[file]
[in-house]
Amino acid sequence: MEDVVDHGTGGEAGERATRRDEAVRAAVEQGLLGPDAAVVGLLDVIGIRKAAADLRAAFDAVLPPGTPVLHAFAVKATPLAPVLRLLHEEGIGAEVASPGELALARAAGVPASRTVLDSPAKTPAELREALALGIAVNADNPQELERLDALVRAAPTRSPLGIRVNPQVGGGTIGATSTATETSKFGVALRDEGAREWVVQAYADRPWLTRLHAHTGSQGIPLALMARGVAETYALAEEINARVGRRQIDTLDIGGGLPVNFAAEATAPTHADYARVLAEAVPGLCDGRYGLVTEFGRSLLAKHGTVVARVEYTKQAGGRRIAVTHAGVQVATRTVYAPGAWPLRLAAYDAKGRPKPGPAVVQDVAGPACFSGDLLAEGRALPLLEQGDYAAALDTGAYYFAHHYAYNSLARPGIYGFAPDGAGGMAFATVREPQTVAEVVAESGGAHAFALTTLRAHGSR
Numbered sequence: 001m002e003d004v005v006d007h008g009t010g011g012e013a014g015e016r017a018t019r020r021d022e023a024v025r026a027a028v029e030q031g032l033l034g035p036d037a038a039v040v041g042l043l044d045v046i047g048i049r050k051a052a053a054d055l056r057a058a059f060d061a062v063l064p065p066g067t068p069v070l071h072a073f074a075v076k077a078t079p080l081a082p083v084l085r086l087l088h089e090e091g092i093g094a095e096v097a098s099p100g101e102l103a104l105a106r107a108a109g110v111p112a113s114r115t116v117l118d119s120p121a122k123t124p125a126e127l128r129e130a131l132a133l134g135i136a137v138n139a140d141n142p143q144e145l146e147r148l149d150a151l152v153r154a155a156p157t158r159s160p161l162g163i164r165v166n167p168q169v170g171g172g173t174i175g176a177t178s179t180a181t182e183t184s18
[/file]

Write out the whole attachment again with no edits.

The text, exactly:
[in-house]
Amino acid sequence: MEDVVDHGTGGEAGERATRRDEAVRAAVEQGLLGPDAAVVGLLDVIGIRKAAADLRAAFDAVLPPGTPVLHAFAVKATPLAPVLRLLHEEGIGAEVASPGELALARAAGVPASRTVLDSPAKTPAELREALALGIAVNADNPQELERLDALVRAAPTRSPLGIRVNPQVGGGTIGATSTATETSKFGVALRDEGAREWVVQAYADRPWLTRLHAHTGSQGIPLALMARGVAETYALAEEINARVGRRQIDTLDIGGGLPVNFAAEATAPTHADYARVLAEAVPGLCDGRYGLVTEFGRSLLAKHGTVVARVEYTKQAGGRRIAVTHAGVQVATRTVYAPGAWPLRLAAYDAKGRPKPGPAVVQDVAGPACFSGDLLAEGRALPLLEQGDYAAALDTGAYYFAHHYAYNSLARPGIYGFAPDGAGGMAFATVREPQTVAEVVAESGGAHAFALTTLRAHGSR
Numbered sequence: 001m002e003d004v005v006d007h008g009t010g011g012e013a014g015e016r017a018t019r020r021d022e023a024v025r026a027a028v029e030q031g032l033l034g035p036d037a038a039v040v041g042l043l044d045v046i047g048i049r050k051a052a053a054d055l056r057a058a059f060d061a062v063l064p065p066g067t068p069v070l071h072a073f074a075v076k077a078t079p080l081a082p083v084l085r086l087l088h089e090e091g092i093g094a095e096v097a098s099p100g101e102l103a104l105a106r107a108a109g110v111p112a113s114r115t116v117l118d119s120p121a122k123t124p125a126e127l128r129e130a131l132a133l134g135i136a137v138n139a140d141n142p143q144e145l146e147r148l149d150a151l152v153r154a155a156p157t158r159s160p161l162g163i164r165v166n167p168q169v170g171g172g173t174i175g176a177t178s179t180a181t182e183t184s18